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Ah, debt. The modern-day slave chains.
Well, I believe you already know that taking on consumer debt – student loans and especially credit card debt – does not make sense in most cases.
The thumb rule I use is “borrow to produce, not to consume.”
But, let’s say by the time you realized it, you were already in debt.
Some of you probably are – you made a mistake, let’s fix it. How would you go about getting out of debt?
Well, it depends.
First, we’ll analyze the debt, and try to compute if we should be paying it back in the first place.
You’ll see what I mean.
We’ll start by making a note of the inflation rate.
On average, say the average rate of inflation is 3%.
Then, we’ll make a list of debts that we have, along with the interest rates that we have to pay.
|No.||Amount of Loan||Interest||Loan Type||Notes|
|2||$20,000||9%||Medical Loan||Interest eligible for an income tax write off up to $1000|
|3||$10,000||10%||Personal Loan||Interest leviable from the 2nd year (1st year Interest-free)|
Alright, so as you can see, the interest on the medical loan is eligible for a tax write off of up to $1000 (example only, some countries have this, some don’t).
Let’s assume you fall into the marginal income tax category of 35%.
So we’ll compute the real cost of the loan as follows:
[(20000*9%) – (1000*35%)]/20000 * 100 = 7.25%
In the first year, we will try to pay off the 8% credit card debt (highest cost), and once we do that, we’ll target the medical loan.
Once year 2 starts, we’ll start paying off the 10% personal loan, followed by the 8% credit card debt and then the medical loan.
If there is a minimum payment requirement, then we’ll make minimum payments.
What about the student loans? We’ll leave it untouched. It does not meet inflation.
We’ll keep the loan in our portfolio for as long as possible.
The reasoning is that we can make *more* money by simply investing in bonds and dividend-paying assets returning more than inflation!
Next, let’s take a look at sources of funding.
If you’re a salaried person, you probably have a Provident Fund / 401K where contributions are matched by your employer.
In that case, we’ll contribute the maximum matched amount to the 401K (100% return) but nothing more than that.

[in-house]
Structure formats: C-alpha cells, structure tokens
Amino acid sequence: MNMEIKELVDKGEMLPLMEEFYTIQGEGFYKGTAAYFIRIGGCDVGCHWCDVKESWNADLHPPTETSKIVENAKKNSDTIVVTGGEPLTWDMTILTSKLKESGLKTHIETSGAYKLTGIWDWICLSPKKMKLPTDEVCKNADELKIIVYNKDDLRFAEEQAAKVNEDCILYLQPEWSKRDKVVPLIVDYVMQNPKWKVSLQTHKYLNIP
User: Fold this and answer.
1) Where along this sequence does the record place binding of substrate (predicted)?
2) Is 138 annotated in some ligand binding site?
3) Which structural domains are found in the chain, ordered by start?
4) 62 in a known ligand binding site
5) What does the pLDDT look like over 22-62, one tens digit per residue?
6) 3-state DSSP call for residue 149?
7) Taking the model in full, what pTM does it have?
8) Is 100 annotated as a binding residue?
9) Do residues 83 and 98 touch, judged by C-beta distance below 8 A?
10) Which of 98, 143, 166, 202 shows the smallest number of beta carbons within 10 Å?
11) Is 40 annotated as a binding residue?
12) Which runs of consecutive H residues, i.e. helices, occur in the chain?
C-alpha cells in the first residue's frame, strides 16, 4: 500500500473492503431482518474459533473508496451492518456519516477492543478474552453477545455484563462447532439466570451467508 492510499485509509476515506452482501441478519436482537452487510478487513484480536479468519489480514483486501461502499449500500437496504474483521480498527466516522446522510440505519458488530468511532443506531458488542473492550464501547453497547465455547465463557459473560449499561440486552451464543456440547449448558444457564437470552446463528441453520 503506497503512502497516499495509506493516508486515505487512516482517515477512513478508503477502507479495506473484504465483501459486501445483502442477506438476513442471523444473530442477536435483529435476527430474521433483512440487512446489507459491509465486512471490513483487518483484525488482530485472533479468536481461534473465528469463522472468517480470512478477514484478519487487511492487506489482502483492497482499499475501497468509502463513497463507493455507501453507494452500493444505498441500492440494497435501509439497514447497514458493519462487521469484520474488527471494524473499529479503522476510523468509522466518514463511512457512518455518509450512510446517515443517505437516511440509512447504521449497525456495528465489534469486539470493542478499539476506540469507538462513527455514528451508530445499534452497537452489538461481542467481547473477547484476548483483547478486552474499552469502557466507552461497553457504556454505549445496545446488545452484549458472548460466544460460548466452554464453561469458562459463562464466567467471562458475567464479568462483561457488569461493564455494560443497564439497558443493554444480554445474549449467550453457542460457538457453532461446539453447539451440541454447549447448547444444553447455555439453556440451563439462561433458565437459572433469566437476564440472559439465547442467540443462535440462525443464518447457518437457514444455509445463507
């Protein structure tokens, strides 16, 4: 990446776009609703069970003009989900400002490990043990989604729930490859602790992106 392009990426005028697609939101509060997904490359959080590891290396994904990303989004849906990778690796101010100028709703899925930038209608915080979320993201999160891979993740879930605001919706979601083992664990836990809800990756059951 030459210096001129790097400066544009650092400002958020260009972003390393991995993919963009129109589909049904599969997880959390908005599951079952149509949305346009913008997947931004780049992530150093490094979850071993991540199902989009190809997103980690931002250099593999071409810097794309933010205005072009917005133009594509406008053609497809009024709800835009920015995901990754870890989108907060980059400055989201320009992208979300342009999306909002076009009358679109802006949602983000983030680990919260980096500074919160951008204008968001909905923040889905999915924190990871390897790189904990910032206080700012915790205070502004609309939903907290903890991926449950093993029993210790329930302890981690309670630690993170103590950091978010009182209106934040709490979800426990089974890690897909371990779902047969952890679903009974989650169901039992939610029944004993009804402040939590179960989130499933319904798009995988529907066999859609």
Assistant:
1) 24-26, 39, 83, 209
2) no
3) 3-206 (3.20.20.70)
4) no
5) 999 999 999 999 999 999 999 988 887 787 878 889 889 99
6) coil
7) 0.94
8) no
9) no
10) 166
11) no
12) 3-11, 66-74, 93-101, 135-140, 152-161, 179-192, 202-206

We’ll try to increase our top line (revenue) by negotiating with employers.
We’ll set a minimum amount that we’ll be paying towards our debt each month – this amount is the *minimum*, we ideally want it to be higher.
The minimum amount has to be slightly ambitious, even if it means we have to downgrade our lifestyle a little.
We’ll get rid of recurring expenditures.
Lot’s of people who save try to do so by cutting down one time purchases such as books or clothing (which makes sense for luxury items such as $500 shirts, but not for your regular everyday clothing) – it’s a stupid battle because one time low/medium cost doesn’t really matter much in the long scheme of things.
Cutting down one-time expenses leads to a considerable reduction in quality of life for an insignificant increase in savings. It doesn’t make sense.
What you should be targeting are recurring expenditures.
Rent? Move to a cheaper place or get some roommates.
Cable TV and Netflix? Don’t need it. (Save money AND improve your life haha)
Your everyday pair of beers at the bar? Don’t need it. (See above)
Do not start doing dumb things like couponing etc. (waste of time for one time savings!)
Most importantly, you need to find ways to increase your top line.
More sales, more profits.
If you have a job, try to freelance in your free time for some additional cash flows (and set up a small time freelancing business at the same time!)
Once we have our funding sources figured out, we’ll try to negotiate with lenders.
If you’re completely broke and can’t make any payments: Call up your credit card company and try to get them to accept a structured debt settlement for 50% or lower of the amount due. Try to negotiate a 3-5 installment payment structure. Many people are able to get significant reductions in payments by merely asking.
Even if you’re not broke, you can get some or the other concession in your payments – usually some interest forgiveness or reductions in interest rates by simply asking for it.
ASK. If you don’t call and ask, you won’t get it for sure.
You have nothing to lose!
(If it didn’t work, try calling a day or two before the end of the quarter.)
Remember, banks are businesses. They are willing to forgive a part of debt rather than bankrupting their borrowers, especially when they won’t be getting much in a bankruptcy filing.
Be careful though, you do not want to mess up your credit scores.
Once you get some debt forgiven, you’ll want to re-run step 1 (payment order likely changed).
And for the love of god, you don’t need to travel the world for “perspective and experience” when you’re under heavy debt (and especially not by borrowing for the vacation!!!)
Do not do anything that’ll bring in more debt, of course.
By the end of the exercise, you should have paid off your debt and created new income streams in the process! (and learnt quite a bit about the importance of being financially responsible!)
Hope this helps,
If you liked this newsletter, don’t forget to check out “The Newsletters of Life Math Money (Volume 1)”.
It contains a compilation of the first 15 newsletters that I sent out.